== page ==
This blog may contain not-so-strong languages and slightly strong ecchi pictures. Please proceed with caution.

Thursday, 14 August 2014

Silla Superiority Complex, Part XVI: Royal Tomb of King Jima-Isageum, Gyeongju, Northern Gyeongsang

King Jima of Silla (died 134, Reigned: 112–134) was the sixth ruler of Silla, one of the Three Kingdoms of Korea. He is commonly called Jima-Isageum (Hanja: 祗摩泥師今) or Jimi-Isageum (지미이사금/祇味泥師今), where the word 'isageum' being the royal title in early Silla. As a descendant of Silla's founder - King Hyeokgeose-Geoseogan, his surname was Park. King Jima-Isageum was the eldest son of the previous king, King Pasa-Isageum and Lady Saseong. He married Lady Aerye of the Kim clan.

Relations with Baekje, another of the Three Kingdoms, were peaceful during his reign, with the continuation of a truce established by Jima's predecessor King Pasa-Isageum. When the Malgal attacked from the north in 125, King Jima-Isageum requested aid from Baekje, and Giru sent an army to successfully repel the invaders. Relations with neighboring Gaya confederacy were also peaceful, after Jima's unsuccessful invasion attempts across the Nakdong River in 115 and 116. In 123, he established relations with the Japanese kingdom of Wa.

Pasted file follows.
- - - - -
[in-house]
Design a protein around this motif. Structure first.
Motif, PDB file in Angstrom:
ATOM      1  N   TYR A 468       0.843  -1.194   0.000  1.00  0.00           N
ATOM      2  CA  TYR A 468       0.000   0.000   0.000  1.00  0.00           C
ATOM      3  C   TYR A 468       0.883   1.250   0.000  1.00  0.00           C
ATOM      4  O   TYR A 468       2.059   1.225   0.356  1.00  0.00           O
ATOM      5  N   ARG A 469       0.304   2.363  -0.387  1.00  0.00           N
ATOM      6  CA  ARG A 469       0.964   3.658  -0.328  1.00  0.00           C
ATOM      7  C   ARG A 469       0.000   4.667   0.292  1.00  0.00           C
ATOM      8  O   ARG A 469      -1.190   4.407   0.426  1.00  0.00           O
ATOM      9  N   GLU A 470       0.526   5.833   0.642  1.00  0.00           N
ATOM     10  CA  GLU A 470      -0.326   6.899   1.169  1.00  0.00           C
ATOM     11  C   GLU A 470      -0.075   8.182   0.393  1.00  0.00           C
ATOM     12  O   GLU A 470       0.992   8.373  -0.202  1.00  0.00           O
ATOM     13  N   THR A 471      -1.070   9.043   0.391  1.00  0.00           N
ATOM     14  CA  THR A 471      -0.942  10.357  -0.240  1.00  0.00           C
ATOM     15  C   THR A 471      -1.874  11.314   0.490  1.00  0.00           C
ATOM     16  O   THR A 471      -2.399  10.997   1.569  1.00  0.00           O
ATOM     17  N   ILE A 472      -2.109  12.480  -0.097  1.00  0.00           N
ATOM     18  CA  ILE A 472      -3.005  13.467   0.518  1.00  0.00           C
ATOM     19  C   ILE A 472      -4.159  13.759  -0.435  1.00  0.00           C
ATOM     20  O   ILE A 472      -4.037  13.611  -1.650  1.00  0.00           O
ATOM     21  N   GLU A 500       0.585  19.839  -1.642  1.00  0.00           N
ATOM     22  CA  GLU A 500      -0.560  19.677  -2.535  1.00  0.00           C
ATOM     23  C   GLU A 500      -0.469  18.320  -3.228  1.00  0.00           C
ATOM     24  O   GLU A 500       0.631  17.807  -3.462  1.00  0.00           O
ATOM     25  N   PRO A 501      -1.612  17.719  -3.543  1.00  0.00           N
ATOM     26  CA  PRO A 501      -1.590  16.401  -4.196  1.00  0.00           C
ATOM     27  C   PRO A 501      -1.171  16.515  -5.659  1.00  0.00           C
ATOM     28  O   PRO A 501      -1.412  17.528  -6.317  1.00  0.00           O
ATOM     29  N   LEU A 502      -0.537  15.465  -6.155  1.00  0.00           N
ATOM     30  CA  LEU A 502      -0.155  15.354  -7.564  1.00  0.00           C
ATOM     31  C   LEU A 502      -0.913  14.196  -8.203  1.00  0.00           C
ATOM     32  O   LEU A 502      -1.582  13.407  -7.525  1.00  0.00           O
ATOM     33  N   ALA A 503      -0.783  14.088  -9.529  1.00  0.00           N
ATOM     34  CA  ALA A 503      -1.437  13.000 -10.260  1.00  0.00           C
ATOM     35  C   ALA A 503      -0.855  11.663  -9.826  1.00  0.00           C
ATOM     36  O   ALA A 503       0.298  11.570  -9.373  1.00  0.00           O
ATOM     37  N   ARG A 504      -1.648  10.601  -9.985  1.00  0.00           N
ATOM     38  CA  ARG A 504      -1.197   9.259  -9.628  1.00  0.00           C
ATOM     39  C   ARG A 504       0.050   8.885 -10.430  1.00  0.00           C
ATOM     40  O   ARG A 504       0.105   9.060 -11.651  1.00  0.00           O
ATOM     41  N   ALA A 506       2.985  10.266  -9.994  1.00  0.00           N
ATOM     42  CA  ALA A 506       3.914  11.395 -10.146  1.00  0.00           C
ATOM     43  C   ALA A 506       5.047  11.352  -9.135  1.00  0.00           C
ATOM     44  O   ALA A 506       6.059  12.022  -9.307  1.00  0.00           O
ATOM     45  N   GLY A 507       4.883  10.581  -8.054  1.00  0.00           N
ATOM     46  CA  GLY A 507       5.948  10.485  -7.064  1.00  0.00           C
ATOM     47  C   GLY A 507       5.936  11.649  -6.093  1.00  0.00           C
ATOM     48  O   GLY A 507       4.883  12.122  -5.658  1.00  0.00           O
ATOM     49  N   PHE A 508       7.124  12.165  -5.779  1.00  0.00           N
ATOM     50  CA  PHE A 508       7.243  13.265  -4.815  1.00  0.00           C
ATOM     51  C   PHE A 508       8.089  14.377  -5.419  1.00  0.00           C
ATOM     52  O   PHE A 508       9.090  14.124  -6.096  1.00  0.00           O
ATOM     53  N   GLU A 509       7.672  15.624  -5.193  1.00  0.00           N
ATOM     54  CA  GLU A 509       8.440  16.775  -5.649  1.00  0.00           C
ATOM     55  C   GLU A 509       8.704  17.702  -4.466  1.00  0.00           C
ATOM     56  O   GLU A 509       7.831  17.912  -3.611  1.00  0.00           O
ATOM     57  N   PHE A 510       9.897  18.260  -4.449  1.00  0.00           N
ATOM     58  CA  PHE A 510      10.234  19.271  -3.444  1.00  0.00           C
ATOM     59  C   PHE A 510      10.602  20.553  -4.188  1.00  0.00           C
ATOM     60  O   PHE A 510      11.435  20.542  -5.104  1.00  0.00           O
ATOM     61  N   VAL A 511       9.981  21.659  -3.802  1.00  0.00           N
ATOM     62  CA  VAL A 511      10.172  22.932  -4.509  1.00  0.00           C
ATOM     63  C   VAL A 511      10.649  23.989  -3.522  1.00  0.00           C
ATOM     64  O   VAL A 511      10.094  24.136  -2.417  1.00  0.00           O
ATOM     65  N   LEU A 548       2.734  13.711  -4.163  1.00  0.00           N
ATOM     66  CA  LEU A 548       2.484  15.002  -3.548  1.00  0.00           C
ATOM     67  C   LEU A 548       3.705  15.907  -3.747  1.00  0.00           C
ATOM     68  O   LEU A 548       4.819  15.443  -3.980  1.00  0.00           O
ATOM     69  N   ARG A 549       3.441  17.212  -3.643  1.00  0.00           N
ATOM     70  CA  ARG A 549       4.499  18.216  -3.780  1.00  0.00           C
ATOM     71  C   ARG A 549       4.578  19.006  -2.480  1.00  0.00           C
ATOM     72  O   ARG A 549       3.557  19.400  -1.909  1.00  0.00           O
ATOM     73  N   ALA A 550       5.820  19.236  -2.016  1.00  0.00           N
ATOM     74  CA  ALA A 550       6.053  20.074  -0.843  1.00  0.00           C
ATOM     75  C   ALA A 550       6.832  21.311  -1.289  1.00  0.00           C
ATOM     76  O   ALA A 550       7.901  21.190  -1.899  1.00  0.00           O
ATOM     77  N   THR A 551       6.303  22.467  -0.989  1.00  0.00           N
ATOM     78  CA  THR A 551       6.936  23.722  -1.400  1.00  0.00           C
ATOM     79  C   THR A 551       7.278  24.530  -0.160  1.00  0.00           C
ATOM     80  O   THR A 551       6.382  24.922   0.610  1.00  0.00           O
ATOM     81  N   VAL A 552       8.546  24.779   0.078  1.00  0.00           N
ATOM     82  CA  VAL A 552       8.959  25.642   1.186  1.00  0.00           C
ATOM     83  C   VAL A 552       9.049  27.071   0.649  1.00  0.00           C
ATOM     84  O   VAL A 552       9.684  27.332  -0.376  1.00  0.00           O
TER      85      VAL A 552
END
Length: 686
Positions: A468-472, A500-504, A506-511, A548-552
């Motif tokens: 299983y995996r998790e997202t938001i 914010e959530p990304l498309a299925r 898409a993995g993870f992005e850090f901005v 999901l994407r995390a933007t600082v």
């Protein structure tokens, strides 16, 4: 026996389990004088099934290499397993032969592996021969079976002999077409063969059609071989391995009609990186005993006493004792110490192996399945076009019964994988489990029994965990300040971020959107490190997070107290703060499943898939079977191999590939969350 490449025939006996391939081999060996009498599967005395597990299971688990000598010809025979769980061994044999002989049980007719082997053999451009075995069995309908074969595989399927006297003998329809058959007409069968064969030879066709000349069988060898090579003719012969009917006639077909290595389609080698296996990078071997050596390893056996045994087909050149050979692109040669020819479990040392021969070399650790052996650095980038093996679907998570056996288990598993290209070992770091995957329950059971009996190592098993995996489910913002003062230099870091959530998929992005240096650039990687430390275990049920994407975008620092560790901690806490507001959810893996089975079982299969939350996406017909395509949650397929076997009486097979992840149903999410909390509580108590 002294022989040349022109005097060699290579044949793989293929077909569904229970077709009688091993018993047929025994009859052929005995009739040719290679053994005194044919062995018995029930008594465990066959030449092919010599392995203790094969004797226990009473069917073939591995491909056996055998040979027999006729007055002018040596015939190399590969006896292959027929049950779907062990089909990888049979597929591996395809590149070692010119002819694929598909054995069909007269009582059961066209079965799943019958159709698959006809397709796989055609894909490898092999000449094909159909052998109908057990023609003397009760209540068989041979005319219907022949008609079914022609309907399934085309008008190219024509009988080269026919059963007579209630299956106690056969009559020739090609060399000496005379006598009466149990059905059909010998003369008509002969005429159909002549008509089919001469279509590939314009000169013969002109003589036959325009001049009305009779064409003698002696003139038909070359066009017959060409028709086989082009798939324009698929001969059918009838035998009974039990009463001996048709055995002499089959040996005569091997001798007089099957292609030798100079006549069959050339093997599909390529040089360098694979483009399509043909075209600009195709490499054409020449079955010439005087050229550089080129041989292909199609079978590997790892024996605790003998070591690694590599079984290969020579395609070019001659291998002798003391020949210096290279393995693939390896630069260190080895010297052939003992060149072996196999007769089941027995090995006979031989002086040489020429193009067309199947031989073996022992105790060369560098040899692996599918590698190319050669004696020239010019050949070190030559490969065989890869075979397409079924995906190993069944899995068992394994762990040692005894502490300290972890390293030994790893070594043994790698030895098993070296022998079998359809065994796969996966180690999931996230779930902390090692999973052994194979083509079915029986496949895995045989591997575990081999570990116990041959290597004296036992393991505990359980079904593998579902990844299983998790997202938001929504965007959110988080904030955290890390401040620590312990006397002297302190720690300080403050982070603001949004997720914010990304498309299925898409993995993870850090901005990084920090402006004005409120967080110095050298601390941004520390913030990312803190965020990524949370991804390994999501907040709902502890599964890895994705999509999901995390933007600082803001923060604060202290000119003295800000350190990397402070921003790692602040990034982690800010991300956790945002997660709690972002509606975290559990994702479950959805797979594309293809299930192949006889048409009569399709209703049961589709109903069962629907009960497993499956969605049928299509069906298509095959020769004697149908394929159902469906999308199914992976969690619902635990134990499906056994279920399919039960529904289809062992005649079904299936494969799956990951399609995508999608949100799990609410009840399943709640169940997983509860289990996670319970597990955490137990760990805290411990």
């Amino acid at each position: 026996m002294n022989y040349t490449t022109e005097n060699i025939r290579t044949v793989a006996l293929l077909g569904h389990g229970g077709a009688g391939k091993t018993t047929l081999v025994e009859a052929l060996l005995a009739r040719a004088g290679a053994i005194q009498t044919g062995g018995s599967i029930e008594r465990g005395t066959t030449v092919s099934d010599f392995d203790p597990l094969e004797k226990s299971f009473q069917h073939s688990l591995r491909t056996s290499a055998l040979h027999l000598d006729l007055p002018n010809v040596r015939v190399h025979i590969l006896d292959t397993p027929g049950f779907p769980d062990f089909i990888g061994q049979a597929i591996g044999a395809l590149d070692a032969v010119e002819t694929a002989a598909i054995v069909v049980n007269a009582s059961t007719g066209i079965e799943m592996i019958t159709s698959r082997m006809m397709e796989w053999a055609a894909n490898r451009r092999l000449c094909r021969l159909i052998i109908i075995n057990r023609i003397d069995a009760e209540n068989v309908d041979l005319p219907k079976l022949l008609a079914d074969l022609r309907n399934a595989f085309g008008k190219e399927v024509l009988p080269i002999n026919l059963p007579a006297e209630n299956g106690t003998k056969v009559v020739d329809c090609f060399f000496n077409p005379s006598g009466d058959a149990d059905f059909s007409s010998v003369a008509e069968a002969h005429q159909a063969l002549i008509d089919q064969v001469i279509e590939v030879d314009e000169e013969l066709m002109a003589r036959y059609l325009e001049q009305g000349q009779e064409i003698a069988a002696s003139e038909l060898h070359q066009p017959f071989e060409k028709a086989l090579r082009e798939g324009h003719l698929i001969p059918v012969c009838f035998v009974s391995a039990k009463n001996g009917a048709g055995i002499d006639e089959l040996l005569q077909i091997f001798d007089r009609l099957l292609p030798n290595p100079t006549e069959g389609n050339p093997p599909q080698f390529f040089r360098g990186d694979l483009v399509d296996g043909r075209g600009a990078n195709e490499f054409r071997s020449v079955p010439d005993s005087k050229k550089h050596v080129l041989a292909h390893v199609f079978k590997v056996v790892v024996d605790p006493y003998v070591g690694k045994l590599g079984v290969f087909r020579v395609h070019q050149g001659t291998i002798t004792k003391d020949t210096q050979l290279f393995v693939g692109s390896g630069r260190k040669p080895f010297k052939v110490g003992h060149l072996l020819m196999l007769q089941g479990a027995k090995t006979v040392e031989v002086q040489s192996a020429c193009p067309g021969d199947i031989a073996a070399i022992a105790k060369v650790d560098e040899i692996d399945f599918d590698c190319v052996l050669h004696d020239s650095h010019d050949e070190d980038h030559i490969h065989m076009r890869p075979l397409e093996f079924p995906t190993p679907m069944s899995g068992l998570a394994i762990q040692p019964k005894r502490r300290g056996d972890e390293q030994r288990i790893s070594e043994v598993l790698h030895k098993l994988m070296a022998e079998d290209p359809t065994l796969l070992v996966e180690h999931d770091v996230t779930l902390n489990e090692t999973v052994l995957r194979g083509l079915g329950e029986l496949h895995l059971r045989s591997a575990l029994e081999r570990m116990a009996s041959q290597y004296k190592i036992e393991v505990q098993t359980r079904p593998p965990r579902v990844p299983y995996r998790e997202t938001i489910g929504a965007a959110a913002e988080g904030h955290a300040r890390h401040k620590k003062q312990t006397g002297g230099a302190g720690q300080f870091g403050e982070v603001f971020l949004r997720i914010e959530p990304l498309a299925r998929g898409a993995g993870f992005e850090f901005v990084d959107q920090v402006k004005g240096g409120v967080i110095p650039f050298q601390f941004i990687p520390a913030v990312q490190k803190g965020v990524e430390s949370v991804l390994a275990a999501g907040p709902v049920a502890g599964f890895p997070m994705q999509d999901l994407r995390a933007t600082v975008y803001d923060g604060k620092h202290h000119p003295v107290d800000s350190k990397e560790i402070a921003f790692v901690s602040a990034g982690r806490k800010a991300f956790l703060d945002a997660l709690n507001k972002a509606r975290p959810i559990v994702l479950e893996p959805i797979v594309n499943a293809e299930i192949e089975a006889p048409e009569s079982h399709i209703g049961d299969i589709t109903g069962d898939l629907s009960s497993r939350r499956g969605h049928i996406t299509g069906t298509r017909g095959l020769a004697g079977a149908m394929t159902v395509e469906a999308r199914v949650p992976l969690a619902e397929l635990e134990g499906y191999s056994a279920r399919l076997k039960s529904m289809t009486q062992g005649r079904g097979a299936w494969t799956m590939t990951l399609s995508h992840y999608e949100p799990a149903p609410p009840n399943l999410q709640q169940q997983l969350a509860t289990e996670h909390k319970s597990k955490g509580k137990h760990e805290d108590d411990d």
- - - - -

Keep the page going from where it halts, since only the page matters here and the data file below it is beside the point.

King Jima-Isageum died without a male heir to the throne and buried at Baedong san 30-beonji, Gyeongju, Northern Gyeongsang; near to the Poseokjeong Pavilion. After his demise, he is succeeded by King Ilseong-Isageum (not to be confused with Kim Il-sung, Eternal President of DPRK) of the Royal House of Gyeongju Park, a distant relative which descended from King Yuri-Isageum, the third King of Silla.

The Royal Tomb of King Jima-Isageum is a relatively big-sized circle in shape which is located at the slope of Mount Namsan, especially at the high place of deep angle of inclination but has no its own peculiar creativity. The location, size and shape of this inform people of the fact that this was not piled up in the early of the Silla Dynasty. At the present time, a small stoned structure like a stone tablet was placed lately in front of the tomb.